We’ve all got desires. Some would like to say that we are rational creatures able to make rational decisions, but let’s face it, no matter how stoic you may be, there are things in which you deeply long. Maybe it’s for security, for a bright future, for an escape from your current situation. If you’re single, maybe it is for a husband or wife. If you are married, perhaps it is for a child or for restoration in a tense relationship.
One of the frustrations I’ve encountered as a single person who desires to be married is constantly being told that because I have that desire, it is given to me by God and will be fulfilled. Doesn’t Psalm 37:4 say, “Delight yourself in the LORD, and he will give you the desires of your heart”?
While hearing this may be comforting in the moment, I believe that it can wreak a lot of long-term damage. Because I look around at a lot of fantastic older women who desire marriage but are still waiting. We have many desires, some of them good, and some of them, frankly, are evil and selfish. As humans marred by sin, many of the desires we have are also tainted by sin and selfishness. However, these desires point to our ultimate desire which is fulfilled in Christ. It is by delighting in him that our desires our fulfilled.
As St. Thomas Aquinas writes in his Summa Theologica,
“The knowledge that God exists is inborn in us in a general and somewhat confused manner. For God is the final beatitude of man, and a man desires beatitude naturally, and is so naturally aware of what he desires.But this is absolute knowledge that God exists, any more than to know that someone is coming to know that Peter is coming, even though it is actually Peter who comes. Many indeed think that riches are man’s perfect good, and constitute his beatitude.Others think that pleasures are his perfect good, and others again something else.” (from “Nature and Grace”, Question Two, Article 1).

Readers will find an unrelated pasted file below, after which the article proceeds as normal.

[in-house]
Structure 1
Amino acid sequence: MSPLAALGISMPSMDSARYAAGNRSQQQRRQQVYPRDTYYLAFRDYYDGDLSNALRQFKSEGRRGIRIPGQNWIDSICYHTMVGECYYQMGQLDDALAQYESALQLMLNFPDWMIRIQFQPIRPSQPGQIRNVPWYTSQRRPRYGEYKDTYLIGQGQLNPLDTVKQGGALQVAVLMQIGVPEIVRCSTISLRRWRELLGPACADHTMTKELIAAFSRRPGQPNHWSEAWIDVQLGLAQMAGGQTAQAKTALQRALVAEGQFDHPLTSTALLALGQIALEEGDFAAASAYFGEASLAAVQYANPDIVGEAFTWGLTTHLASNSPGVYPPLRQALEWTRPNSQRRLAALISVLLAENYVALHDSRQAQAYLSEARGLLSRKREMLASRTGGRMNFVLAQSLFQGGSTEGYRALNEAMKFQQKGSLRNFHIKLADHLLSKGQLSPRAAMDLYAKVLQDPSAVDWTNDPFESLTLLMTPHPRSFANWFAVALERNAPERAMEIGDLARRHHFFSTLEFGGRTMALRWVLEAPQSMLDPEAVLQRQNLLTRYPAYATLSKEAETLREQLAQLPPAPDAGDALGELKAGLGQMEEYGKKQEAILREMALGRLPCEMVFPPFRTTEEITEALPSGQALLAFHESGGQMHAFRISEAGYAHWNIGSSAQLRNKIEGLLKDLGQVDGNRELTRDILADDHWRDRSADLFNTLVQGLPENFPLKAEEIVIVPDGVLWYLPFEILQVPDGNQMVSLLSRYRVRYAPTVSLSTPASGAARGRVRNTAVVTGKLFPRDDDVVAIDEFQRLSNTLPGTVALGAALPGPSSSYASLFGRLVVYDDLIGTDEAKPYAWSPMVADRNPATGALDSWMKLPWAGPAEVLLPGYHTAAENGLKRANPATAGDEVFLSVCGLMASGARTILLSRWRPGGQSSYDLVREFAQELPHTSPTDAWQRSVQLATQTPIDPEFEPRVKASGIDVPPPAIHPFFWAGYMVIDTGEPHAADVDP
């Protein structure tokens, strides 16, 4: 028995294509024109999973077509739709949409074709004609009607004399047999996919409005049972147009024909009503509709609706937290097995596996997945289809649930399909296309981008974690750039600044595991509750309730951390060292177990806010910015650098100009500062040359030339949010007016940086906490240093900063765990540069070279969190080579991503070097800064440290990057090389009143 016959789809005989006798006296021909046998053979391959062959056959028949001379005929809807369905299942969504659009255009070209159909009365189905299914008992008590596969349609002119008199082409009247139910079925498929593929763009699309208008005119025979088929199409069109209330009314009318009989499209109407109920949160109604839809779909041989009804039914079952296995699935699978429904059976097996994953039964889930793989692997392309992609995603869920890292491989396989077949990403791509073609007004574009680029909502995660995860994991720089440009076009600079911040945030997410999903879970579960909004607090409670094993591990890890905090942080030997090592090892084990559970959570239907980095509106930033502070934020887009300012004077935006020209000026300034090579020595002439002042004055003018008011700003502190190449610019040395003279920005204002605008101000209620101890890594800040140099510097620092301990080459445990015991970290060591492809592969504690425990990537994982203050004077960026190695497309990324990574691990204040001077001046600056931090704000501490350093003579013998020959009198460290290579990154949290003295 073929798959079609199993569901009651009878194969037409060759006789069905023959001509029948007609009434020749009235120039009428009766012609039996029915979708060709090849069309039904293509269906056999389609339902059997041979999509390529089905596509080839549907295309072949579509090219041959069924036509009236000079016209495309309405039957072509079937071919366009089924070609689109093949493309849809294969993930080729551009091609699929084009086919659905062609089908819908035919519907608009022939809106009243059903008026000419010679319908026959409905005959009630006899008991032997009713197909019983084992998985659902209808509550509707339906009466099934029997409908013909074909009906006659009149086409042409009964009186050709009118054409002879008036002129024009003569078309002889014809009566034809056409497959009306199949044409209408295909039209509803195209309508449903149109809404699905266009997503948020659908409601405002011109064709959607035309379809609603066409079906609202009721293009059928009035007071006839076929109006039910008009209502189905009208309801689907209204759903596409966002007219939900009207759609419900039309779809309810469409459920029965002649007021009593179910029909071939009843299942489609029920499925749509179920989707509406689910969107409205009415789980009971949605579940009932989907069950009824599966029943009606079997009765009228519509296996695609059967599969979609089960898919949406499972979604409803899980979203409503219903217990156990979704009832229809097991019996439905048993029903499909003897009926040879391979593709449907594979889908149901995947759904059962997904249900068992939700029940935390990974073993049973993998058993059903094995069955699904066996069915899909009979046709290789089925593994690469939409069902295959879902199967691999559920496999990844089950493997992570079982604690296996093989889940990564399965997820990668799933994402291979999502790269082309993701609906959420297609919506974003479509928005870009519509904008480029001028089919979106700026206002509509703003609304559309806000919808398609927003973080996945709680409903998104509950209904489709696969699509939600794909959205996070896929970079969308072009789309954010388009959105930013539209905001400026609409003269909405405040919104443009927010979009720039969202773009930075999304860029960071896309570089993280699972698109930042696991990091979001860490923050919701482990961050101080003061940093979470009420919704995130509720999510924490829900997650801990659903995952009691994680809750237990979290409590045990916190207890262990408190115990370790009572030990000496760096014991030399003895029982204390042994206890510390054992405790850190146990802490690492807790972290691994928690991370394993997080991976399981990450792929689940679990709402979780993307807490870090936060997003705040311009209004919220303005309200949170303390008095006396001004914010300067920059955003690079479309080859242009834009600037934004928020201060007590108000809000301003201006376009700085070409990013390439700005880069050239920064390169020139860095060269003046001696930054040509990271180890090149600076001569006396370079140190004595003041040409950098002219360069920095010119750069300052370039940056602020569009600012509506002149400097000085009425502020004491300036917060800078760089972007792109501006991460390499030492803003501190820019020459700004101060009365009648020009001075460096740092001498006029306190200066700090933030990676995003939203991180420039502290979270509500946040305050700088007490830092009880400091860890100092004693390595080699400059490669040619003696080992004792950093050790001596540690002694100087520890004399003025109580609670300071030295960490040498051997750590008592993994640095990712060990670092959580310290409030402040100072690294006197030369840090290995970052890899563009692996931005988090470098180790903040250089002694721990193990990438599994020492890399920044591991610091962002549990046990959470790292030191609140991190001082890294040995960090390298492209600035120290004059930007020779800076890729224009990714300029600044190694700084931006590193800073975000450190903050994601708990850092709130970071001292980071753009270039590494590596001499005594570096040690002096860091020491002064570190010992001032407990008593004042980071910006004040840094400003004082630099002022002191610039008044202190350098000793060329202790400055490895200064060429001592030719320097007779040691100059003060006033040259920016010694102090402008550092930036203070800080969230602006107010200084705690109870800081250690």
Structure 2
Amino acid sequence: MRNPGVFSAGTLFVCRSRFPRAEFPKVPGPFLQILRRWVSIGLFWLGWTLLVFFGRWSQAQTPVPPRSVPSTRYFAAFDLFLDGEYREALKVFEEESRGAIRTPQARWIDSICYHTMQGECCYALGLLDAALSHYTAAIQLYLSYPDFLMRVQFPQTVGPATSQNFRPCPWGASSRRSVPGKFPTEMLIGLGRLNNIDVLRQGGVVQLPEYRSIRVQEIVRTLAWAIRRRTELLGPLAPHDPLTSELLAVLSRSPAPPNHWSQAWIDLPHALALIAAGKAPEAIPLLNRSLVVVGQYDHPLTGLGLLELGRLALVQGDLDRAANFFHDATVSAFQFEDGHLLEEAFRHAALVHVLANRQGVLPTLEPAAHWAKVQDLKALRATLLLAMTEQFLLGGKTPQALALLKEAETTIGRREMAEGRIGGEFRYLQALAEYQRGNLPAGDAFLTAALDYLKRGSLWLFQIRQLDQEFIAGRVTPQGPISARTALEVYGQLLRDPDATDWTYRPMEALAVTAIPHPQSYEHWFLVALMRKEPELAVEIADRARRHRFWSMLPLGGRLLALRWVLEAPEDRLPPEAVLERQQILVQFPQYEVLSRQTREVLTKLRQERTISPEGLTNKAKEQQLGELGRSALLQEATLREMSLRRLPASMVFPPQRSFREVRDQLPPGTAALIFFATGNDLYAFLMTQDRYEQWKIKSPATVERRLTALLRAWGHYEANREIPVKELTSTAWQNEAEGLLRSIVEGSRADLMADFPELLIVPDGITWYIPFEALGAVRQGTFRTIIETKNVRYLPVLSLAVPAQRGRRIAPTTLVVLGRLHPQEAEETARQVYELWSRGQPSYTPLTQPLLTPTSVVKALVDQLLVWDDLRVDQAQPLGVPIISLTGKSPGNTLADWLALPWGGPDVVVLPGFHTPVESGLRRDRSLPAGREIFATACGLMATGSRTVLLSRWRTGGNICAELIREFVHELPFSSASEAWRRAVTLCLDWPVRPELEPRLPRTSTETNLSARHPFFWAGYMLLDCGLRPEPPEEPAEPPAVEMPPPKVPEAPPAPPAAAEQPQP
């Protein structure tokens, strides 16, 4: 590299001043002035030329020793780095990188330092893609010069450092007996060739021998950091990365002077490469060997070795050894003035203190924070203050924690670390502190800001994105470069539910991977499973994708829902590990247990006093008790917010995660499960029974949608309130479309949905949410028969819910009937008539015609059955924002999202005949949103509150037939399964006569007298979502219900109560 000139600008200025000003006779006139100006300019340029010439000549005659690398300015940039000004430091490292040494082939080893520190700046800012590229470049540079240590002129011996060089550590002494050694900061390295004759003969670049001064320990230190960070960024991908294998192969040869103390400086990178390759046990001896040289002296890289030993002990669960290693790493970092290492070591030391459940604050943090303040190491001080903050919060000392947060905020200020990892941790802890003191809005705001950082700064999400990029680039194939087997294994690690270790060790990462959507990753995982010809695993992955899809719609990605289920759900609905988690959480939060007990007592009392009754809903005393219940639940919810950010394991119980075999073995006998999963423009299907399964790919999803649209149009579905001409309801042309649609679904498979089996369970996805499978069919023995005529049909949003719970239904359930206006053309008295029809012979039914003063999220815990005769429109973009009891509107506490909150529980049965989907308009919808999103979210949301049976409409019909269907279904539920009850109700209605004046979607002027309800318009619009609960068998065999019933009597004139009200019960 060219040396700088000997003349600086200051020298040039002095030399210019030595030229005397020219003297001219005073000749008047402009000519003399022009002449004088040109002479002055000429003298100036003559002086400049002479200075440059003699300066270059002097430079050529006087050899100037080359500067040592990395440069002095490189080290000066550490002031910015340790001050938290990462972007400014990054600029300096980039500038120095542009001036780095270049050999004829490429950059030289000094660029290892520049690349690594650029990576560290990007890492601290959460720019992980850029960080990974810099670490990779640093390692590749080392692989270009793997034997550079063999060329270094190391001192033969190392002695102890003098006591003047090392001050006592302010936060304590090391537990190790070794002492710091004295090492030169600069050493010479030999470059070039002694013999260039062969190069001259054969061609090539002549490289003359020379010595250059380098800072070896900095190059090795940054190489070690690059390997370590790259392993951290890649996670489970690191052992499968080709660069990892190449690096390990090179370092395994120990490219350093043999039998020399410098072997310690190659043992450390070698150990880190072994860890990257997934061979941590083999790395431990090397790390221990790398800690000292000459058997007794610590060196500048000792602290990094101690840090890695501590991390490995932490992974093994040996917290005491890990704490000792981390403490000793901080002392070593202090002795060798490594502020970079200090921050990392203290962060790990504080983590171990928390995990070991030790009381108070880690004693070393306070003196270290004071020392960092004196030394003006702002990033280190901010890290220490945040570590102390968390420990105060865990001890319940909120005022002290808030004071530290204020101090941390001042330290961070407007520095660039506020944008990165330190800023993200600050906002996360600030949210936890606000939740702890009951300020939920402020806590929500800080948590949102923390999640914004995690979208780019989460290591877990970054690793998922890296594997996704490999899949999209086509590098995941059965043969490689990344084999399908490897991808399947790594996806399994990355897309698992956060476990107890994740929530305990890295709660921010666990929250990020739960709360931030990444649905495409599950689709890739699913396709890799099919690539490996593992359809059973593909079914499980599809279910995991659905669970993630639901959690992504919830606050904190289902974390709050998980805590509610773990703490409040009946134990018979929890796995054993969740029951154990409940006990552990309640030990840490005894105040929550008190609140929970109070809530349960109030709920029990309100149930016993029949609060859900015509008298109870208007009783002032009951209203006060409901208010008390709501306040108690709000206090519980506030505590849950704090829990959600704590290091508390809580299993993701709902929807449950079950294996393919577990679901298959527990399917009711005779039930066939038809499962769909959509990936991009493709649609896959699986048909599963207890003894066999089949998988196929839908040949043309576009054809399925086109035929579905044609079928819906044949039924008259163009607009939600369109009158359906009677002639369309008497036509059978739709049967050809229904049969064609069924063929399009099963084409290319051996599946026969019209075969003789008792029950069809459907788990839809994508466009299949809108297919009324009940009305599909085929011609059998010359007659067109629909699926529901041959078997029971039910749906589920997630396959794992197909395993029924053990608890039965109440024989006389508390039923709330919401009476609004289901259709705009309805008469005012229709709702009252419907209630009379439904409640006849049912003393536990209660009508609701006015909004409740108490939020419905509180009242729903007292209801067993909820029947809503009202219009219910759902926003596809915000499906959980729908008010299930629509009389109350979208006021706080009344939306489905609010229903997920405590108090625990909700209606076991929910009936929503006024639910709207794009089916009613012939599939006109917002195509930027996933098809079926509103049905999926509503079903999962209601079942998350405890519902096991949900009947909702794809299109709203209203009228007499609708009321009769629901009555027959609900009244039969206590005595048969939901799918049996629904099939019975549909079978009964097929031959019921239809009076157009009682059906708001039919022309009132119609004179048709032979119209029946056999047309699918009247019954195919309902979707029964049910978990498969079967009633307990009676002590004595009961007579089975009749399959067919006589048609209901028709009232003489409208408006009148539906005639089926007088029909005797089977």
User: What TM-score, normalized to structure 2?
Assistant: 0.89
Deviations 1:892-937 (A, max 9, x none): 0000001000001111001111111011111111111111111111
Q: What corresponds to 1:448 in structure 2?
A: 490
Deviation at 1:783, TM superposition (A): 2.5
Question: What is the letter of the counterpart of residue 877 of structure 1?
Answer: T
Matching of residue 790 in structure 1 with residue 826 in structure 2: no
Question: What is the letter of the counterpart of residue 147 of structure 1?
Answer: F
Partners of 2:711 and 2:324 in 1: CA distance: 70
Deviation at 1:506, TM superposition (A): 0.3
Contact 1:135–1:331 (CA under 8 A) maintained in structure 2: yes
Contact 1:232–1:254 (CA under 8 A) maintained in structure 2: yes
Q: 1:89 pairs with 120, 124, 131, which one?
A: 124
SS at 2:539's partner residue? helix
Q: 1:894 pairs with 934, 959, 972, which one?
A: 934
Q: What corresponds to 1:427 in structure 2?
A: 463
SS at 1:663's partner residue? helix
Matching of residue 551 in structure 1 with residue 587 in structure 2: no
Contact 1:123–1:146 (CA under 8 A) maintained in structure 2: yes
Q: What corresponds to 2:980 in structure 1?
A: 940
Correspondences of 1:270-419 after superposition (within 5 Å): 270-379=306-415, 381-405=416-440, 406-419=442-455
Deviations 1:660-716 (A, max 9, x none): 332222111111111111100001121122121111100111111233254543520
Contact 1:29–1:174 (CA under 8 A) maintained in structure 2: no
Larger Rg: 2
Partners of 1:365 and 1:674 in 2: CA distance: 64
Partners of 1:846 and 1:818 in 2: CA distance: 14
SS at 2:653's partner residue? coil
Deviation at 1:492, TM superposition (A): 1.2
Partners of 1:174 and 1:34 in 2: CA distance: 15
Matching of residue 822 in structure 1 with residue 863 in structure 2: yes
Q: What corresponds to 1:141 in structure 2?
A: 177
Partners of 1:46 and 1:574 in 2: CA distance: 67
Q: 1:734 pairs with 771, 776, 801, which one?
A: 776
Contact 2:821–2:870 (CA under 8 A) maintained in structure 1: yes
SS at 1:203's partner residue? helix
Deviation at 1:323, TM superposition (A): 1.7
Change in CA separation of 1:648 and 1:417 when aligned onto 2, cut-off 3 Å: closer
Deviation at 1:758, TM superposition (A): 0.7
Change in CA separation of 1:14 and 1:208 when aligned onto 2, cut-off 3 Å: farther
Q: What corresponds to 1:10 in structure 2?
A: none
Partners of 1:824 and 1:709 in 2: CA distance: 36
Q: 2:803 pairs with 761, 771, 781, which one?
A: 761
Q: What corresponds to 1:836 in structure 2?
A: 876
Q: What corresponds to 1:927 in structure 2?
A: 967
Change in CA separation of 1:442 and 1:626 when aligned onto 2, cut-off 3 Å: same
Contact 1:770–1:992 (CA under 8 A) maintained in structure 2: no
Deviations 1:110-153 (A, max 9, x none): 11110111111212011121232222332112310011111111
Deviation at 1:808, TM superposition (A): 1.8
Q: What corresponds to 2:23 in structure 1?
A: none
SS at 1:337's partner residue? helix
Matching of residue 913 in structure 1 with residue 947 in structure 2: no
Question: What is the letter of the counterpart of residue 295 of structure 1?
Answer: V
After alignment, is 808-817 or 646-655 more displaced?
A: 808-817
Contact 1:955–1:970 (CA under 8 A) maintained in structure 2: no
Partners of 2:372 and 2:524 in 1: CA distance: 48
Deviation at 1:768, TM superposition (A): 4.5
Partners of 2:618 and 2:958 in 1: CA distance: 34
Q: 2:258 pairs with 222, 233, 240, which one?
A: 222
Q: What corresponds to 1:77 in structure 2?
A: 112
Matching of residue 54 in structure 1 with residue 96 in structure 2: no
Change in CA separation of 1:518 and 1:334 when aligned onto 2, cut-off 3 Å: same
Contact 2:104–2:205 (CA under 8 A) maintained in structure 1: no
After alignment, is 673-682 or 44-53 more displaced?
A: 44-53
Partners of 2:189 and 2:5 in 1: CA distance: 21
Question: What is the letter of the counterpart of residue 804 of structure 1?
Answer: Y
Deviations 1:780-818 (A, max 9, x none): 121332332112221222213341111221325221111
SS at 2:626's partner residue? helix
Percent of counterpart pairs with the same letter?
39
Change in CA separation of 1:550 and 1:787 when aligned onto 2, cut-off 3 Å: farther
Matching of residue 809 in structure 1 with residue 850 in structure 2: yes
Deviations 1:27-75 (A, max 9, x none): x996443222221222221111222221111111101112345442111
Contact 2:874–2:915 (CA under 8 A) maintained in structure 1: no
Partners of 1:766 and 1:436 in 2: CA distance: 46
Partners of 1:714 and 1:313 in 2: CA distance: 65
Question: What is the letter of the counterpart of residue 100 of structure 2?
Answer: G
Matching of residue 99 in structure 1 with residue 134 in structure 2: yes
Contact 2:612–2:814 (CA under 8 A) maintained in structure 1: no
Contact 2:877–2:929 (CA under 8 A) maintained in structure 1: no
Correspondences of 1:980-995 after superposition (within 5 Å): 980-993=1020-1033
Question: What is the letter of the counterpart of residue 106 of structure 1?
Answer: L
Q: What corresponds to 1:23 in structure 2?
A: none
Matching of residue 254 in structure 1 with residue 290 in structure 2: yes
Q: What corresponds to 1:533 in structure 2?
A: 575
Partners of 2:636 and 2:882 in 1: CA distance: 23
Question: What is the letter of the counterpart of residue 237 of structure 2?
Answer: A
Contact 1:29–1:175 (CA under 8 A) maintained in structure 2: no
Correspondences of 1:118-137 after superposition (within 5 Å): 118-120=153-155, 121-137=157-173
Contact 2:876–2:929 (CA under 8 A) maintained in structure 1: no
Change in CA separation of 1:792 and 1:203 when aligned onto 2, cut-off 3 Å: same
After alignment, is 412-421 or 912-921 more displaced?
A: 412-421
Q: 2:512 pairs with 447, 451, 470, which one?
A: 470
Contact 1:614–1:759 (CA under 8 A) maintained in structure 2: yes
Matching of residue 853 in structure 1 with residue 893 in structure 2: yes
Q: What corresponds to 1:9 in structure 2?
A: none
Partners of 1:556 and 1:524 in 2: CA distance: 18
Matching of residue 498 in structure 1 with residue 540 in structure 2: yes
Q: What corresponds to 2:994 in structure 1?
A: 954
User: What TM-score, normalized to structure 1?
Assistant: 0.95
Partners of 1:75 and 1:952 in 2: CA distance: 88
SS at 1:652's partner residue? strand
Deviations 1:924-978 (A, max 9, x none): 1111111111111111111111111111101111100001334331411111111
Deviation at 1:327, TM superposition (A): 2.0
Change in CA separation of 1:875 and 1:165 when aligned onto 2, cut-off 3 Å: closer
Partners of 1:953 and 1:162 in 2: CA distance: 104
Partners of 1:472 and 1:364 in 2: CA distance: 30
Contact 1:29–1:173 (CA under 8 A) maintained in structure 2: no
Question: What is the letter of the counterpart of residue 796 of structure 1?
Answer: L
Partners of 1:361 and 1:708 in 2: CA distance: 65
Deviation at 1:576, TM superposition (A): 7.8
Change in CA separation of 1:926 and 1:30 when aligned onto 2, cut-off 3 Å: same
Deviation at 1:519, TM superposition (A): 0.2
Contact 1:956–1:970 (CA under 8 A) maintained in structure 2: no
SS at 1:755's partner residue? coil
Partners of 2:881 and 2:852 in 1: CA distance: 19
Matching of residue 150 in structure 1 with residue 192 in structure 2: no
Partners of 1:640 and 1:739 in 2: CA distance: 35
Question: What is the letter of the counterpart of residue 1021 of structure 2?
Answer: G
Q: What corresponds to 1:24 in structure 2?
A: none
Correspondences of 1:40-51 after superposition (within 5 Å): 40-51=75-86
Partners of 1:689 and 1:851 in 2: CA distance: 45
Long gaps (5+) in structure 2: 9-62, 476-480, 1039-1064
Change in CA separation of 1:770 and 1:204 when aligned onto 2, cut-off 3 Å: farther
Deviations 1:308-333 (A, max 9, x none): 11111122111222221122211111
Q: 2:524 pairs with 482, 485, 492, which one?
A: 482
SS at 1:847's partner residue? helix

In other words, we as humans are given desires. We are created in God’s image, and part of that, I’d like to posit, is to desire our Creator (Gen 1:27). Our yearning for something more is placed in us because we were created to know the self-revealing God. Those desires point to a deeper and God-given desire–to know the Lord and to delight in him. And those desires are guaranteed to be fulfilled.
St. Anselm declares in Proslogion,
“You [God] are nothing save the one and supreme good, You who are completely sufficient unto Yourself, needing nothing, but rather He whom all things need in order that they may have being and well being” (XXII).
This gives us hope! Our deepest desires will be fulfilled. And our desires point to that deep desire. For example, while I desire marriage, while I desire union with another person with whom I can serve, that specific desire may not be fulfilled. God’s self-revelation in His word does not promise everyone marriage. Rather, as St. Paul writes, “Now as a concession, not a command, I say this: I wish that all were as I myself am [that is single]. But each has his own gift from God [marriage or singleness], one of one kind and one of another” (1 Cor. 7:6-7).